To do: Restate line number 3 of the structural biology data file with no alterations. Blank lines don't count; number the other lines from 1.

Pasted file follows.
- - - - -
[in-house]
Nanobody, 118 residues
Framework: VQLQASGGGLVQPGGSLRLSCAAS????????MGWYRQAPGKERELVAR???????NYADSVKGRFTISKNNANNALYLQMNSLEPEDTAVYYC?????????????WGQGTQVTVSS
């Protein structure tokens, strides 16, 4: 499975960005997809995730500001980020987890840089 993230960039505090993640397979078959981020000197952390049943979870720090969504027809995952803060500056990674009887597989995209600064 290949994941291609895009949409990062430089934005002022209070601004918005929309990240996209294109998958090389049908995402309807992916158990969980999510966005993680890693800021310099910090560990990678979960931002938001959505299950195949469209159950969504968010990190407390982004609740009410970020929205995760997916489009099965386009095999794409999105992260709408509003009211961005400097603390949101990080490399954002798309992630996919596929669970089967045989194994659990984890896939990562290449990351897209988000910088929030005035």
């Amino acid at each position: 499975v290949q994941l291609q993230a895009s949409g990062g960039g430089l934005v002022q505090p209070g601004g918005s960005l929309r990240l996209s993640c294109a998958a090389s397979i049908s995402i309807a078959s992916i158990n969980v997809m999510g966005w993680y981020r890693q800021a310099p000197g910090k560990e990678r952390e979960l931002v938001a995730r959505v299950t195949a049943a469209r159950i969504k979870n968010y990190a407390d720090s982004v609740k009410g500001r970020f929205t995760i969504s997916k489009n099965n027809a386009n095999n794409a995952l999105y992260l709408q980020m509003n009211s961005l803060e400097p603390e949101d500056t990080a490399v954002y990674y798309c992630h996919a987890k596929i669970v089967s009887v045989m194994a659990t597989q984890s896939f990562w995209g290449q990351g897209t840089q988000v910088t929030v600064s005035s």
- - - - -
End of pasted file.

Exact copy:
Framework: VQLQASGGGLVQPGGSLRLSCAAS????????MGWYRQAPGKERELVAR???????NYADSVKGRFTISKNNANNALYLQMNSLEPEDTAVYYC?????????????WGQGTQVTVSS